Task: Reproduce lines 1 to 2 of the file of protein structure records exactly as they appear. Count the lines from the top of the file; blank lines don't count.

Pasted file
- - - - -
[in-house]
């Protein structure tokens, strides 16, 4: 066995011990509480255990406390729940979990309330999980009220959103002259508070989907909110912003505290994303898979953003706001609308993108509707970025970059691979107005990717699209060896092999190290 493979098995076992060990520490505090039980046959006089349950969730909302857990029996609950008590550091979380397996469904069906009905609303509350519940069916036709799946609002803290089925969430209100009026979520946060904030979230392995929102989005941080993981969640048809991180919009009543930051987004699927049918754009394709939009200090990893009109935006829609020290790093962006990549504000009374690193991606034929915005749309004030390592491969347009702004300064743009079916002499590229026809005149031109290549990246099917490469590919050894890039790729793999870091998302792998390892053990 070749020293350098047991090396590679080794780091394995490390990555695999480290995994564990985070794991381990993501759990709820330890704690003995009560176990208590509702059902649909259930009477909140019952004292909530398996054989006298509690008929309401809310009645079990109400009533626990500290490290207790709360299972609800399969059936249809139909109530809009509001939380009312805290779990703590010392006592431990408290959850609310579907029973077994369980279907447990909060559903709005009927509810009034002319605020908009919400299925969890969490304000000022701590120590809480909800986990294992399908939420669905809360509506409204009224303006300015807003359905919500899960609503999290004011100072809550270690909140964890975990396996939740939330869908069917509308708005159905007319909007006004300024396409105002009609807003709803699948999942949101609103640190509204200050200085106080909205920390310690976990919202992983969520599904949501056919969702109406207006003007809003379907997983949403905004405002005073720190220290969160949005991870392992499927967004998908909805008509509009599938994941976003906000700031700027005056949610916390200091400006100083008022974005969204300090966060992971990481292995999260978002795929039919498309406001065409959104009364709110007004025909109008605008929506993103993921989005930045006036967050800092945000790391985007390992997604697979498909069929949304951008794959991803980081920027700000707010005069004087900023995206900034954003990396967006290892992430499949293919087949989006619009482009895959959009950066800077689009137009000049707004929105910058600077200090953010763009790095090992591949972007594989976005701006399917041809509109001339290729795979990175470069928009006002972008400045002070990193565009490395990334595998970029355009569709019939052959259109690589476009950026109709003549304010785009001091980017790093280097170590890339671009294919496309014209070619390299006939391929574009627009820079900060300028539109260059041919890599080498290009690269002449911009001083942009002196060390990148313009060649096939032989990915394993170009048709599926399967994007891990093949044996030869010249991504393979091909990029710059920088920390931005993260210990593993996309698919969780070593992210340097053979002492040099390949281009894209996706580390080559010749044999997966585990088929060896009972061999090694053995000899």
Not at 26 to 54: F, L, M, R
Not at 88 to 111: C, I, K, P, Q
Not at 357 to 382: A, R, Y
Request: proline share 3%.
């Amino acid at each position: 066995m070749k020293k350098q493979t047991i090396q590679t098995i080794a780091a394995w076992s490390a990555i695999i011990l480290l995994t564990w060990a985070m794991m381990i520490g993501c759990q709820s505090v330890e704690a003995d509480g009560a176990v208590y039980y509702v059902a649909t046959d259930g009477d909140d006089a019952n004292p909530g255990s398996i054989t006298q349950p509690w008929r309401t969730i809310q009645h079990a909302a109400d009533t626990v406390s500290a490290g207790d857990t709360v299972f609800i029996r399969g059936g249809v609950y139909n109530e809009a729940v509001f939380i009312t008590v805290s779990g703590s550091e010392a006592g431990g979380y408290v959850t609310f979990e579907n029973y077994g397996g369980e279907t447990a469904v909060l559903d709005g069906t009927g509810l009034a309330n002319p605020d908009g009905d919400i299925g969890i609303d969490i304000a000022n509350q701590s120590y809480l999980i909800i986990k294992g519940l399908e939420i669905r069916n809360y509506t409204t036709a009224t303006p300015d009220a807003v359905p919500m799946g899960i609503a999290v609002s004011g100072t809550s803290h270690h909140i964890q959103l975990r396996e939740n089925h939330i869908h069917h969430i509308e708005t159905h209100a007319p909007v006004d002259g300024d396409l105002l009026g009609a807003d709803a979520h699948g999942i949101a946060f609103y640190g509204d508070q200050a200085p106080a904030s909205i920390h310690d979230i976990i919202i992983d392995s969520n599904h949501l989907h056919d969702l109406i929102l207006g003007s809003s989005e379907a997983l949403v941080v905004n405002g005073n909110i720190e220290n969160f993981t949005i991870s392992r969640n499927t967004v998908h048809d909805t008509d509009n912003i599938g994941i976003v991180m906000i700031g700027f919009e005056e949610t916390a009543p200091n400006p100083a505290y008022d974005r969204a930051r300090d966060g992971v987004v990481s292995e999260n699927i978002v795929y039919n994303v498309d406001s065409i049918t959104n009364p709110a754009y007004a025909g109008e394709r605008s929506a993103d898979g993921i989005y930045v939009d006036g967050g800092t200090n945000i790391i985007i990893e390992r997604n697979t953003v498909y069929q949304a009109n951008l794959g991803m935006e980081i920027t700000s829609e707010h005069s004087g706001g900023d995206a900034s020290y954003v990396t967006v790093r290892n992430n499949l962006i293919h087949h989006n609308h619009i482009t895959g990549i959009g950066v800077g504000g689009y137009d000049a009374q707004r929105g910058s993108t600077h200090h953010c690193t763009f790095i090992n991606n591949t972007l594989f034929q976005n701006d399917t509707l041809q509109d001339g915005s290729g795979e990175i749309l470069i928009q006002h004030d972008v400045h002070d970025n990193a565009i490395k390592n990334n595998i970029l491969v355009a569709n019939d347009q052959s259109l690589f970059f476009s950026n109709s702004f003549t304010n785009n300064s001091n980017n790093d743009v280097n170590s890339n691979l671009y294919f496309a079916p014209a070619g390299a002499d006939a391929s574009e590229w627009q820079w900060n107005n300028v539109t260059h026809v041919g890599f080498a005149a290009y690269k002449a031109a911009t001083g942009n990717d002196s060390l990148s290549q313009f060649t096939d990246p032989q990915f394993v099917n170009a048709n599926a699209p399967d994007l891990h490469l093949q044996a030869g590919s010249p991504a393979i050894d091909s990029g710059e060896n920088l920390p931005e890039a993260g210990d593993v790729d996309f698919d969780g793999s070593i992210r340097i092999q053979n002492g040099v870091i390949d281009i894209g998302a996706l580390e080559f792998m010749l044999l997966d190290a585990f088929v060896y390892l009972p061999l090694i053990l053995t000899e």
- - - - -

[in-house]
């Protein structure tokens, strides 16, 4: 066995011990509480255990406390729940979990309330999980009220959103002259508070989907909110912003505290994303898979953003706001609308993108509707970025970059691979107005990717699209060896092999190290 493979098995076992060990520490505090039980046959006089349950969730909302857990029996609950008590550091979380397996469904069906009905609303509350519940069916036709799946609002803290089925969430209100009026979520946060904030979230392995929102989005941080993981969640048809991180919009009543930051987004699927049918754009394709939009200090990893009109935006829609020290790093962006990549504000009374690193991606034929915005749309004030390592491969347009702004300064743009079916002499590229026809005149031109290549990246099917490469590919050894890039790729793999870091998302792998390892053990 070749020293350098047991090396590679080794780091394995490390990555695999480290995994564990985070794991381990993501759990709820330890704690003995009560176990208590509702059902649909259930009477909140019952004292909530398996054989006298509690008929309401809310009645079990109400009533626990500290490290207790709360299972609800399969059936249809139909109530809009509001939380009312805290779990703590010392006592431990408290959850609310579907029973077994369980279907447990909060559903709005009927509810009034002319605020908009919400299925969890969490304000000022701590120590809480909800986990294992399908939420669905809360509506409204009224303006300015807003359905919500899960609503999290004011100072809550270690909140964890975990396996939740939330869908069917509308708005159905007319909007006004300024396409105002009609807003709803699948999942949101609103640190509204200050200085106080909205920390310690976990919202992983969520599904949501056919969702109406207006003007809003379907997983949403905004405002005073720190220290969160949005991870392992499927967004998908909805008509509009599938994941976003906000700031700027005056949610916390200091400006100083008022974005969204300090966060992971990481292995999260978002795929039919498309406001065409959104009364709110007004025909109008605008929506993103993921989005930045006036967050800092945000790391985007390992997604697979498909069929949304951008794959991803980081920027700000707010005069004087900023995206900034954003990396967006290892992430499949293919087949989006619009482009895959959009950066800077689009137009000049707004929105910058600077200090953010763009790095090992591949972007594989976005701006399917041809509109001339290729795979990175470069928009006002972008400045002070990193565009490395990334595998970029355009569709019939052959259109690589476009950026109709003549304010785009001091980017790093280097170590890339671009294919496309014209070619390299006939391929574009627009820079900060300028539109260059041919890599080498290009690269002449911009001083942009002196060390990148313009060649096939032989990915394993170009048709599926399967994007891990093949044996030869010249991504393979091909990029710059920088920390931005993260210990593993996309698919969780070593992210340097053979002492040099390949281009894209996706580390080559010749044999997966585990088929060896009972061999090694053995000899």